Monthly Archives: October 2010

The Second Reformation


It is no longer a question if there will be a second reformation in Christianity.  There can be no doubt about it:  a second reformation is already well underway.  But unlike the first reformation, spearheaded by the likes of John Knox, Martin Luther, John Calvin, Eurich Zwingli, and Menno Simmons, tracing this reformation to specific historical leaders is a difficult, if not impossible task for the historian to undertake.  And while one could perhaps examine the movements that have influenced this reformation, such as the Pentecostal and Charismatic renewal movements, the underground Church in China, and the like, I believe this reformation would best be likened unto three specks of leaven hidden in a loaf of bread.  It has been a largely unseen movement, but over time, has slowly but surely begun to leaven the whole lump, as it grows every single day.

Why does this second reformation lack much in the way of any visible leadership?  Because this second reformation is concerned with only making one leader visible, and that leader would be Jesus Christ.  For Jesus Christ is the leader of the second reformation.  That’s not to say that there haven’t been and aren’t other leaders in this movement.  For undoubtedly, there certainly have been and are.  But they prefer to go unnamed, unseen, and uncelebrated, for while being like glorious stars in the sky, because of the surpasing  glory of the Sun, discerning their presence becomes difficult at best.  For the philosophy of these leaders has always been, “He must increase, while I must decrease.”  And the more they decrease in visibility, the greater His influence, and the more He becomes seen.

Like the rising of the sun, as with the nature of all reformation, such does not happen instantly, or with one giant blow.   Rather, it happens gracefully, gradually, incrementally, and smoothly, until the sun fully rises, or as in the other analogy, until the leaven consumes the entire lump.  Over time, the present ecclesiastical system that is undergoing reformation will simply collapse upon itself, as an unsustainable model that will be counted as but a forsaken relic of the past.  For His people who have become holy discontent with the present order, who deeply hunger for the fullness of the presence of Christ in the Church, with Him operating unhindered as its true head, will simply find no reason to carry on with the way we’ve operated for centuries, laboring largely in the dark.  For their eyes will be opened to the glory that rises out of the eastern sky, and once seen, they will no longer desire what they knew in the night.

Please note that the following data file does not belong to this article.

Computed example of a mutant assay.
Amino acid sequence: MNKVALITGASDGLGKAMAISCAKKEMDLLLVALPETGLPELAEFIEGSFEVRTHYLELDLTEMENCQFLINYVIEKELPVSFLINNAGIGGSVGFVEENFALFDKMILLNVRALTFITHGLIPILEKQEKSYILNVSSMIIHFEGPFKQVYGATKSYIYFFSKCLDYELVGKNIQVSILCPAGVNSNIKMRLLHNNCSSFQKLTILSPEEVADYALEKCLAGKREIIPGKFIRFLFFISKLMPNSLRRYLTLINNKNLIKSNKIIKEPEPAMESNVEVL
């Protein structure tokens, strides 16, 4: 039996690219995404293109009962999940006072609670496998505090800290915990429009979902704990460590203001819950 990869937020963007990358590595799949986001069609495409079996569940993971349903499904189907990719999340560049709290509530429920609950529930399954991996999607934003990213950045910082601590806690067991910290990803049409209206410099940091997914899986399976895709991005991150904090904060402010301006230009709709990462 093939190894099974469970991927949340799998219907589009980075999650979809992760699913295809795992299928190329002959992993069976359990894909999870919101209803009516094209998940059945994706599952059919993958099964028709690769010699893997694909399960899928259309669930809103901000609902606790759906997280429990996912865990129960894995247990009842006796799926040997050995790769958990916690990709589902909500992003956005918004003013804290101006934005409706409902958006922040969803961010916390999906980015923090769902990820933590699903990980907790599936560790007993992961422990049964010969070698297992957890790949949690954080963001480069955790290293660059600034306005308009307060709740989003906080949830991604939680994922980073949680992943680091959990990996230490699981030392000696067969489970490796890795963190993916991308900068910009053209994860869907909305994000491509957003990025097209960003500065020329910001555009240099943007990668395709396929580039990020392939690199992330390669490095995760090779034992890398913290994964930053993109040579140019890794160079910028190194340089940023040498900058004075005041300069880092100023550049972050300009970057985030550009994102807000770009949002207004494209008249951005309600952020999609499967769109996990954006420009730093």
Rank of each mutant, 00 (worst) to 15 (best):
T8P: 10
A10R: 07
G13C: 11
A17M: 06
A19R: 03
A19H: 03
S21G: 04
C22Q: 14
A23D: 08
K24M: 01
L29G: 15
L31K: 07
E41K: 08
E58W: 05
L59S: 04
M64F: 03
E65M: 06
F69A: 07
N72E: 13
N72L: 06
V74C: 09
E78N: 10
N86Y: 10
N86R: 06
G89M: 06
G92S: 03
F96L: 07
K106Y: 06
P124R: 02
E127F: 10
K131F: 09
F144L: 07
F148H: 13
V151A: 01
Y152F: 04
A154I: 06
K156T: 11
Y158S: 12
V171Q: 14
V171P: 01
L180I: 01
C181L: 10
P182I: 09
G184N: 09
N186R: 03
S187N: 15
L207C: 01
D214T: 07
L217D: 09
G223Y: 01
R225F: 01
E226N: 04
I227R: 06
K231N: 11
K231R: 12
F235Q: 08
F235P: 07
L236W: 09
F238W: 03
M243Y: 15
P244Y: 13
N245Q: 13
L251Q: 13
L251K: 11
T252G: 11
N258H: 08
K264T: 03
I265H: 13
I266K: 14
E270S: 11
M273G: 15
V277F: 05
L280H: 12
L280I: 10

We aren’t there yet.  Many of our brethren, are still living in a place where much darkness abounds.  The reformation is not yet complete.  Be patient.  Don’t attempt to do for the Lord what the Lord is doing in His own timing.  Continue to just wait on Him, and let Him arise.  Teach, exhort, and rebuke much.  But pray even more.  Don’t try to force anything, or to try and take some imaginary shortcut to the reformation.  For if you do that, you will find yourself in a battle without the Lord.  Walk with the Lord in what you do, and love the brethren even as the Lord loves them.  Abound in forgiveness and major in mercy.  For that is how Christ has behaved towards us, so let us have the same attitude towards our brethren who have yet to have their eyes opened to the truths we’ve come to know. 

Don’t forsake assembling yourself together with them, and fellowshipping with them, but rather, spend all the more time with them.  Even if they resist you, and find themselves at odds with you.  Share with them the same fragrance you have smelled.  Lead them to the same waters you have been drinking from.  Model for them what you have come to know.  Be an example to them in all things.  If they slap you on one cheek, offer them the other.  If they curse you, bless them in return.  Don’t pull back from them in pride, but like our Lord, forget yourself, and truly become a servant to them in all things.

For ultimately, the only way for the second reformation to prosper is that it be a movement that doesn’t make much about itself, and what is going on.  Rather, the second reformation will prosper because it makes itself much about Christ, and speaks often of Him.